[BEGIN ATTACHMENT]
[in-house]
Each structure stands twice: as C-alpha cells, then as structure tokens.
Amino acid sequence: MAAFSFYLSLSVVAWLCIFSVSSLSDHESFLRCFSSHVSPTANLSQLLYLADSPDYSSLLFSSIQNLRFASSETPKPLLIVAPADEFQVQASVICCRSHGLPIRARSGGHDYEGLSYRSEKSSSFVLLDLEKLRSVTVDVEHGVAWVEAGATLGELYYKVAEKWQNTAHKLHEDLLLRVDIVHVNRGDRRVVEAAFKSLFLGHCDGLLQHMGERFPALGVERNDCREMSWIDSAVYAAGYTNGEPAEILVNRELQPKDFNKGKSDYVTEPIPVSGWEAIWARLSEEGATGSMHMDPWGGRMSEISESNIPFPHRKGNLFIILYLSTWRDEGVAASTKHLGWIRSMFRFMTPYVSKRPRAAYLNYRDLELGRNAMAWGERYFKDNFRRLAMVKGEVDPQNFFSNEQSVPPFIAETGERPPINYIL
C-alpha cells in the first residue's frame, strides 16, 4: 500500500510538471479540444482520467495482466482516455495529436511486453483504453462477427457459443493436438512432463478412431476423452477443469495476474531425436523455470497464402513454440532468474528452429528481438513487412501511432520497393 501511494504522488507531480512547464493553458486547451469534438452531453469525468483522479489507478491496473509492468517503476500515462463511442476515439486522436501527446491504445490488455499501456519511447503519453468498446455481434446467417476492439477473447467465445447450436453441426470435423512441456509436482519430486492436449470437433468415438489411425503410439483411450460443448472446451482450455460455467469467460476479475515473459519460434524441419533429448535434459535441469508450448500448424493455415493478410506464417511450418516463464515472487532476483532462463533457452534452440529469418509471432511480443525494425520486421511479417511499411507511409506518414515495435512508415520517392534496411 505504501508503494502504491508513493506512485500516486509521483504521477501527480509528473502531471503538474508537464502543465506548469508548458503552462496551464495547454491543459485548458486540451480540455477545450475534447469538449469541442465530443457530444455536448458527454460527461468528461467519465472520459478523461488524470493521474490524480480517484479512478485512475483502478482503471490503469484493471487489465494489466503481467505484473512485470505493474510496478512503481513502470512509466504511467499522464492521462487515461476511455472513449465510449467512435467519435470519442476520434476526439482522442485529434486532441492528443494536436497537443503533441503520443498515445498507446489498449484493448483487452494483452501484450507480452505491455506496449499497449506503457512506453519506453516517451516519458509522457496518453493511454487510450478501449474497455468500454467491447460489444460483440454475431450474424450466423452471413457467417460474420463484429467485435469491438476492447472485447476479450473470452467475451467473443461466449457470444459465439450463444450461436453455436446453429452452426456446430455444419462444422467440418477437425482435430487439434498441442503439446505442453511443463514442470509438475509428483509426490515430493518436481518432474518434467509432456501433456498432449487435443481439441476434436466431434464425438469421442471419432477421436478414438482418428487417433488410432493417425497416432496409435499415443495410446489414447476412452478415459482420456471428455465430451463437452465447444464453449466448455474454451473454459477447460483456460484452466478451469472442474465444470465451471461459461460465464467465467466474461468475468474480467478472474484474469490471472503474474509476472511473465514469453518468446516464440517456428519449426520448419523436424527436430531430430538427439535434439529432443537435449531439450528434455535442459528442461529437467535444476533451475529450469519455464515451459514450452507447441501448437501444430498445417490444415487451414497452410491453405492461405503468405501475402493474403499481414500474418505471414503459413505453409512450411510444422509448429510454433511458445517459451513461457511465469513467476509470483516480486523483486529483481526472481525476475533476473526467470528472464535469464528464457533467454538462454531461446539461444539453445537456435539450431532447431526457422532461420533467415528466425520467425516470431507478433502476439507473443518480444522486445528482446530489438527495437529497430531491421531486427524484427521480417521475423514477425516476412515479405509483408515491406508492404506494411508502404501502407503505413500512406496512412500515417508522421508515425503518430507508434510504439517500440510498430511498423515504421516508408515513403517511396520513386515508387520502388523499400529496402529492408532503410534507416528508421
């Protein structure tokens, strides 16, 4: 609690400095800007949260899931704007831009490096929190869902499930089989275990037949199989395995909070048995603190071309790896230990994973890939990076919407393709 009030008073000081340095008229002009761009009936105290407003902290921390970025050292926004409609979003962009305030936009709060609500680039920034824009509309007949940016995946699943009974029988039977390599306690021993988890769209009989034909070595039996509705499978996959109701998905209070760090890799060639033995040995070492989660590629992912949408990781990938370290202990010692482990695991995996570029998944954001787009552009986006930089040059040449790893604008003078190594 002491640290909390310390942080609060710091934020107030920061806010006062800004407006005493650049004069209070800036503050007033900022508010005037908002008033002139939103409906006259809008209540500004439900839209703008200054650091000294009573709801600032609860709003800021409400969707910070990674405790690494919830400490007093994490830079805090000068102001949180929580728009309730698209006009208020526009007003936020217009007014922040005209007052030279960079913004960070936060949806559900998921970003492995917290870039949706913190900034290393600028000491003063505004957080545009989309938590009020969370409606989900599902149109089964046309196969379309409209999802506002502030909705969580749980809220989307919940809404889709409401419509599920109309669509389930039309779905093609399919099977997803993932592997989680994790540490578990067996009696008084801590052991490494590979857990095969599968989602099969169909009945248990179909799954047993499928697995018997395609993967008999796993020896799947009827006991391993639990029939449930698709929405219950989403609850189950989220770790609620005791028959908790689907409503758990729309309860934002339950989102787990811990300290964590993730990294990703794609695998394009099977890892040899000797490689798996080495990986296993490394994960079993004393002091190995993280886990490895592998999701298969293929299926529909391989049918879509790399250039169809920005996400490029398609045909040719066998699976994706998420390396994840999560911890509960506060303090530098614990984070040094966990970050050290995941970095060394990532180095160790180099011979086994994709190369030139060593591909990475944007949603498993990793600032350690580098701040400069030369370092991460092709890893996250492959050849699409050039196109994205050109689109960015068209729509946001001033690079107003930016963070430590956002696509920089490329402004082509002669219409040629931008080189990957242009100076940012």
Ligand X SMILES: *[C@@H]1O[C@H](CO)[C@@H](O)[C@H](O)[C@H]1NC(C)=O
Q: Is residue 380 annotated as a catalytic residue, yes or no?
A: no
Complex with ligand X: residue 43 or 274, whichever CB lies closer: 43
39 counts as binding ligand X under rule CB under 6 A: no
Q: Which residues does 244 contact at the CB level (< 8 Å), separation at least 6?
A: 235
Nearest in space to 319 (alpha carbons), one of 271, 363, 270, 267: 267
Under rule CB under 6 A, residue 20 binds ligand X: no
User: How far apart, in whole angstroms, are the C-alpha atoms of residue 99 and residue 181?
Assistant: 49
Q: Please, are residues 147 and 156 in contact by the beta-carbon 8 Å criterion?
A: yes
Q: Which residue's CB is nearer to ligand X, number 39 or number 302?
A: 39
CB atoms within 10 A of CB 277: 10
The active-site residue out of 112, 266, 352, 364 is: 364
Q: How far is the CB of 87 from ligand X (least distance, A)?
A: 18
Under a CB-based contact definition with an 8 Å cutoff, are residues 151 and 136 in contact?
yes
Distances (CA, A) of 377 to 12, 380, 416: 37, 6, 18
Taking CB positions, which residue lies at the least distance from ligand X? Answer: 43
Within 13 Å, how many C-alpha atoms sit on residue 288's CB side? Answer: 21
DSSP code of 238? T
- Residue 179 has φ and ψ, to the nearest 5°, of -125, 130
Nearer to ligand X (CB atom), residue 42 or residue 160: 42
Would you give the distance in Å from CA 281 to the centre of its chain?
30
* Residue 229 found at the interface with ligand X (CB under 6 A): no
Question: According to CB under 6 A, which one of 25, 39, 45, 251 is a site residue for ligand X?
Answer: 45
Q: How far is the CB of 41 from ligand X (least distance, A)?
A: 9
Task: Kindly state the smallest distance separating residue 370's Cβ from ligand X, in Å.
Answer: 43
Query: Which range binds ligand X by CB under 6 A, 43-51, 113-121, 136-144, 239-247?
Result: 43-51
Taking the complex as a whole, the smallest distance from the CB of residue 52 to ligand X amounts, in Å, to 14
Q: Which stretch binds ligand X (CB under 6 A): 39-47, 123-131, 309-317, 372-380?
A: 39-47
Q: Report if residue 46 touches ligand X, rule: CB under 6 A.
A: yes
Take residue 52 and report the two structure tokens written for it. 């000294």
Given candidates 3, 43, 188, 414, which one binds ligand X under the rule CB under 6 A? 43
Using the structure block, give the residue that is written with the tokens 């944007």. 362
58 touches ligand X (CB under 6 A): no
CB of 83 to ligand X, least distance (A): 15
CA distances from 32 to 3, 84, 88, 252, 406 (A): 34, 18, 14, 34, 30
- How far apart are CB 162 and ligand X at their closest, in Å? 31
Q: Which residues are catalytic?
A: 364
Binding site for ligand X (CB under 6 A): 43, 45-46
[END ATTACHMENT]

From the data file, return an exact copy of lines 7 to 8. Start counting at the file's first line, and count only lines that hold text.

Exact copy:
Q: Is residue 380 annotated as a catalytic residue, yes or no?
A: no